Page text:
At first glance, museums seem to be thriving: 80 million people visited museums last year. Recent research suggests that 43 per cent of people living in England have made at least one visit to a museum. The increased funding by the DCMS has had an obvious impact on museum attendance and is certainly to be welcomed. Yet, on closer inspection, it is not quite as rosy as the Government would have us believe. The DCMS has a direct relationship with only a small number of registered museums in the UK—the national museums and those funded by the Renaissance in the Regions programme. That constitutes only 22 museums throughout the country.

National museums seem to be always centre stage but other categories of museum do not receive direct government funding, and they have been mentioned this afternoon. Local authorities and independent charities fund museums throughout the country. Do the Government map the level of their support? What has been done recently to encourage support for the museums and galleries that do not receive direct funding?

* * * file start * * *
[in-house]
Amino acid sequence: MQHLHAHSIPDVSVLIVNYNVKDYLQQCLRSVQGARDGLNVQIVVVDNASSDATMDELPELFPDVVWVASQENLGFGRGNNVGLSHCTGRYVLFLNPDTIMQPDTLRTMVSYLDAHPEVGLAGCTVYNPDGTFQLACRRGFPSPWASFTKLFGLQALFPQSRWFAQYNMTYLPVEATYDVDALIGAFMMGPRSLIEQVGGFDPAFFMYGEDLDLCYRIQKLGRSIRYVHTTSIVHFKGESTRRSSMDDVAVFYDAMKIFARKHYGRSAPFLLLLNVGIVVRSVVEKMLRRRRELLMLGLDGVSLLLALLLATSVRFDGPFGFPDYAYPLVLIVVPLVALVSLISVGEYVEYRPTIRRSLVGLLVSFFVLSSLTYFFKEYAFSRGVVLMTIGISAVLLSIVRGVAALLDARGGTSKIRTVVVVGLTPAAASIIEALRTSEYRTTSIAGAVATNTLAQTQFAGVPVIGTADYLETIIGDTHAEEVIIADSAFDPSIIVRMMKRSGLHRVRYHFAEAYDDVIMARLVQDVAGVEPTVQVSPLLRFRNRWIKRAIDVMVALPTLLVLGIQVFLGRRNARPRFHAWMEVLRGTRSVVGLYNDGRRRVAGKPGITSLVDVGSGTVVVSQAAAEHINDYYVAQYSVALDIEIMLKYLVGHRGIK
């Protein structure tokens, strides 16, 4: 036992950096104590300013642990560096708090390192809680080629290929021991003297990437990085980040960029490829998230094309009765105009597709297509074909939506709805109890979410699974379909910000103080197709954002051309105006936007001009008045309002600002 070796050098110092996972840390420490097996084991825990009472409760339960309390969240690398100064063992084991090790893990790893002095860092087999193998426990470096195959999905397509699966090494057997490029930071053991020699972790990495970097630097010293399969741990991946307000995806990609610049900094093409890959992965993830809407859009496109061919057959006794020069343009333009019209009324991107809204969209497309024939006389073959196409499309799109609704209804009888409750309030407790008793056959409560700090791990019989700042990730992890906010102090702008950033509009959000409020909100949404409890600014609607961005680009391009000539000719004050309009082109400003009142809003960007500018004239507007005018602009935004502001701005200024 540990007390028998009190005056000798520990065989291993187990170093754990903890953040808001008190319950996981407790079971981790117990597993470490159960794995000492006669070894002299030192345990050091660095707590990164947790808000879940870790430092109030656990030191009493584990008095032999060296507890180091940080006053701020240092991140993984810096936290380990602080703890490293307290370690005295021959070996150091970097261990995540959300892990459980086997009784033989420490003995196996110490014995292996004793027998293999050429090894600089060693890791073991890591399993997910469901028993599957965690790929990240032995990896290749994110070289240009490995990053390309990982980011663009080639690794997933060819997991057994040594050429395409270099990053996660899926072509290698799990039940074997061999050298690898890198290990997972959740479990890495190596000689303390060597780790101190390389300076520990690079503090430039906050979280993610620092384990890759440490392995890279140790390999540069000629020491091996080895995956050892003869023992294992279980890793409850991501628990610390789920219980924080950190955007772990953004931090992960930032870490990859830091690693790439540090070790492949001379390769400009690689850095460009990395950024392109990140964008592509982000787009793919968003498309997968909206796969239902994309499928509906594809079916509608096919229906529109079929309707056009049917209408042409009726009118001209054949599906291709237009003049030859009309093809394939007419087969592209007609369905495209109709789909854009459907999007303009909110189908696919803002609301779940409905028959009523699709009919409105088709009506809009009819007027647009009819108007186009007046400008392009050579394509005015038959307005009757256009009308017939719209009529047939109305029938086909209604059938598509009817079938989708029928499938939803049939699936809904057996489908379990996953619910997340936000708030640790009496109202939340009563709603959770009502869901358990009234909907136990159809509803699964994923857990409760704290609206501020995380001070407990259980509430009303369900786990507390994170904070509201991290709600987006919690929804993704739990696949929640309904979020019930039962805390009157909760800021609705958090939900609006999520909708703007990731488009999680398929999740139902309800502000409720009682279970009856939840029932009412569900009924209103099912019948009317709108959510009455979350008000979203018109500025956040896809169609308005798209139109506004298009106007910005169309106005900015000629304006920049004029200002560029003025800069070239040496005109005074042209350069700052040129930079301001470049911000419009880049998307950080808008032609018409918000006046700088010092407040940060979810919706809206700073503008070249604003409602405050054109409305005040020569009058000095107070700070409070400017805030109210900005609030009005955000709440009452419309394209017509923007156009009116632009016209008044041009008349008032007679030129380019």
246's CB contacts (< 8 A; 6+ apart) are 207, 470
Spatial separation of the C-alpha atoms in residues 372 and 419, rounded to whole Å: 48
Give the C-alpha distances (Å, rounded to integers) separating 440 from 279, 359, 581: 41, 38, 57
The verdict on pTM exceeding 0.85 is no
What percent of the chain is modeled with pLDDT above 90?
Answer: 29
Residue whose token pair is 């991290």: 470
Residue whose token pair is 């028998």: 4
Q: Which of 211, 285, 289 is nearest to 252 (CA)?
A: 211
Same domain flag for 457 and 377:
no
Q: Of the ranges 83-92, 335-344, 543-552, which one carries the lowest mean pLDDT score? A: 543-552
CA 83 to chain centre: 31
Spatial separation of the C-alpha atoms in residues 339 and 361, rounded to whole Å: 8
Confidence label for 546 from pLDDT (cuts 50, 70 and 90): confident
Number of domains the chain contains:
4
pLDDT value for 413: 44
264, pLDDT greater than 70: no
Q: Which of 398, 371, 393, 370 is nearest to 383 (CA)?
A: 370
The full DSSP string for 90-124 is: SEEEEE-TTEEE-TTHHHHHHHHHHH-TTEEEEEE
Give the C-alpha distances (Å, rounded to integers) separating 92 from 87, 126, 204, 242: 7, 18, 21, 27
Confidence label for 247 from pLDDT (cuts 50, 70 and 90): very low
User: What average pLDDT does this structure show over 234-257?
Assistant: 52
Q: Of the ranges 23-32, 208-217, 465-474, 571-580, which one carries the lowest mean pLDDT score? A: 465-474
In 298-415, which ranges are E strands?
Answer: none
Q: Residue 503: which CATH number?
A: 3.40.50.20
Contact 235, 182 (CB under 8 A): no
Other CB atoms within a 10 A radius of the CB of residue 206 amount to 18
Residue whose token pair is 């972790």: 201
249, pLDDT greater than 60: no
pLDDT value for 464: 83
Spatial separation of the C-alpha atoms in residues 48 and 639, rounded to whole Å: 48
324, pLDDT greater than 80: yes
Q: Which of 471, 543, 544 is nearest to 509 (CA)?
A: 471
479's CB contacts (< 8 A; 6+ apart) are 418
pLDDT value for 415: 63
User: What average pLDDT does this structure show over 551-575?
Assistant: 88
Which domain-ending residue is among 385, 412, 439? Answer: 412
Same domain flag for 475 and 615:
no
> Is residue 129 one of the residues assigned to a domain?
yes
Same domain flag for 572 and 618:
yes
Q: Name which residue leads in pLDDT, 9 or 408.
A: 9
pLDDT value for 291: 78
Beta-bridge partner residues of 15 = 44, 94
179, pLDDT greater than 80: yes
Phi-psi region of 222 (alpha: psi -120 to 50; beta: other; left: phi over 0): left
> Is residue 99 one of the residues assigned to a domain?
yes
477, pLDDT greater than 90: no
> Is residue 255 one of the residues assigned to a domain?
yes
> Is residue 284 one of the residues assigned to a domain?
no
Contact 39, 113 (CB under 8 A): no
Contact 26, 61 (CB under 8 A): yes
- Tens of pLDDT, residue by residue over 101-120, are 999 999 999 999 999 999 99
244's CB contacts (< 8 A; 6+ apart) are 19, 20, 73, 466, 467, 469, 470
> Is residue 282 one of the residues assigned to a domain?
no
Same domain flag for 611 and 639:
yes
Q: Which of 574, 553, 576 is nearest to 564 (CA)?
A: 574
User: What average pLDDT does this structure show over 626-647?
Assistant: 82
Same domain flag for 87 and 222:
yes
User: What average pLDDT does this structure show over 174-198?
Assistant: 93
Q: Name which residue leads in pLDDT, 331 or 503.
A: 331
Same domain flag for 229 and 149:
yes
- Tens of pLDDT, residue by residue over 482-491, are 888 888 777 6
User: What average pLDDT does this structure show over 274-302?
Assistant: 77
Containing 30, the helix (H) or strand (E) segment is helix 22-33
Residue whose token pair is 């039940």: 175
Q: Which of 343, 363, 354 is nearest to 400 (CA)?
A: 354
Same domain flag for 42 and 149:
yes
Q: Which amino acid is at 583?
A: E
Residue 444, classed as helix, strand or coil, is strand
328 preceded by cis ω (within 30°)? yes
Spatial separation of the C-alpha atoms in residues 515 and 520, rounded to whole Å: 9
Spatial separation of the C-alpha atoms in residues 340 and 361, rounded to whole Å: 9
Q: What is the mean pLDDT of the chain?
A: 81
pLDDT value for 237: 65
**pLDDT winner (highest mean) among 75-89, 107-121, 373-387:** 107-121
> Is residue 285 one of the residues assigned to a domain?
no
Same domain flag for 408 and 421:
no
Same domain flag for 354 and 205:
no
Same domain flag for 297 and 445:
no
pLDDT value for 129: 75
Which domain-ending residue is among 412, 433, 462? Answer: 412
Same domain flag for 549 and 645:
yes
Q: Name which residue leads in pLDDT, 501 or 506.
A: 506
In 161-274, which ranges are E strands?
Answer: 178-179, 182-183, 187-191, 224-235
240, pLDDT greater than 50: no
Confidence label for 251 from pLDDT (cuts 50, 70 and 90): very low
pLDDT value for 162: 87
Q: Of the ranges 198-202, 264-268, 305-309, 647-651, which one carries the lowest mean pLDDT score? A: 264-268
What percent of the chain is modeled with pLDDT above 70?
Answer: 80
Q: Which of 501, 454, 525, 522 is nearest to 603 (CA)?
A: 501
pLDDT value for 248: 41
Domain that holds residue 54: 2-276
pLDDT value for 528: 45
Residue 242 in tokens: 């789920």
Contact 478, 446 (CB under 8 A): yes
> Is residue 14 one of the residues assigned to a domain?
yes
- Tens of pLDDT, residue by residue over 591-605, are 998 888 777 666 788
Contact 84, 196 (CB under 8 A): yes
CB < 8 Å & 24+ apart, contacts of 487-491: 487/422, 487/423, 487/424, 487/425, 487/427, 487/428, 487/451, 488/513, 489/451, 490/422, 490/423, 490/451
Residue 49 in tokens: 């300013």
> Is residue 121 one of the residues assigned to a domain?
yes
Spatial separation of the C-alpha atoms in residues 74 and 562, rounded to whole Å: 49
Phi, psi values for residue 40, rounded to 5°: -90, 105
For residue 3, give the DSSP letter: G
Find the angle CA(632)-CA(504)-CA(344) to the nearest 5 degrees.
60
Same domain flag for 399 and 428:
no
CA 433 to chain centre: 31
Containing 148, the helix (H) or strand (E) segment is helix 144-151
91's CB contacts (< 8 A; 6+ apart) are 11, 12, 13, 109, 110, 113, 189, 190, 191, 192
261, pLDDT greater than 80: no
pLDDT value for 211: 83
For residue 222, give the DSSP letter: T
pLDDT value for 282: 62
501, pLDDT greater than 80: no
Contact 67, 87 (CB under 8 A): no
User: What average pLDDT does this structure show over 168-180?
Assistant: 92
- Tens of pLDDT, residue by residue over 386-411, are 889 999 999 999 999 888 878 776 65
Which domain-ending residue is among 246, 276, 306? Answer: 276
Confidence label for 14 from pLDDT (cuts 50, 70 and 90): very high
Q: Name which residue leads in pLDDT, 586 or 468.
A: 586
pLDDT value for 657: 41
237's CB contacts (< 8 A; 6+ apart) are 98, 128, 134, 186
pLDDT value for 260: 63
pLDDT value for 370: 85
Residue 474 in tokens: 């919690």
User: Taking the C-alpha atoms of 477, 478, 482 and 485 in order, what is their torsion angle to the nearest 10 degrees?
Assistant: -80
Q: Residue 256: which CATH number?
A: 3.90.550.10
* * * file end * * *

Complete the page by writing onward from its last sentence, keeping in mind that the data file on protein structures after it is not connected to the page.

While attendance is up, there is a danger that it might not be for long. Acquiring new pieces for their collections is vital to many museums. In evidence given to the Culture, Media and Sport Select Committee, Sir Nicholas Goodison, the former chairman of the National Art Collections Fund, said that a new acquisition generates tremendous excitement and,

“enormously enhances the educational possibilities, the local pride in the collections and so on”.

This was pointed out by my noble friend Lord Renfrew. Yet as important as that is that it is being disregarded by the Government in light of the many resources being diverted away from lottery funding. Many museums see the current funding for acquisitions as reaching a crisis. In 2006, the Art Fund, an independent charity of which my noble friend Lord Renfrew is a most respected trustee, published a detailed survey of the collecting activity of museums. He found that while museums believe that collections must be continually renewed for a museum to survive and prosper, nearly all said that inadequate core funding was currently a barrier to collecting.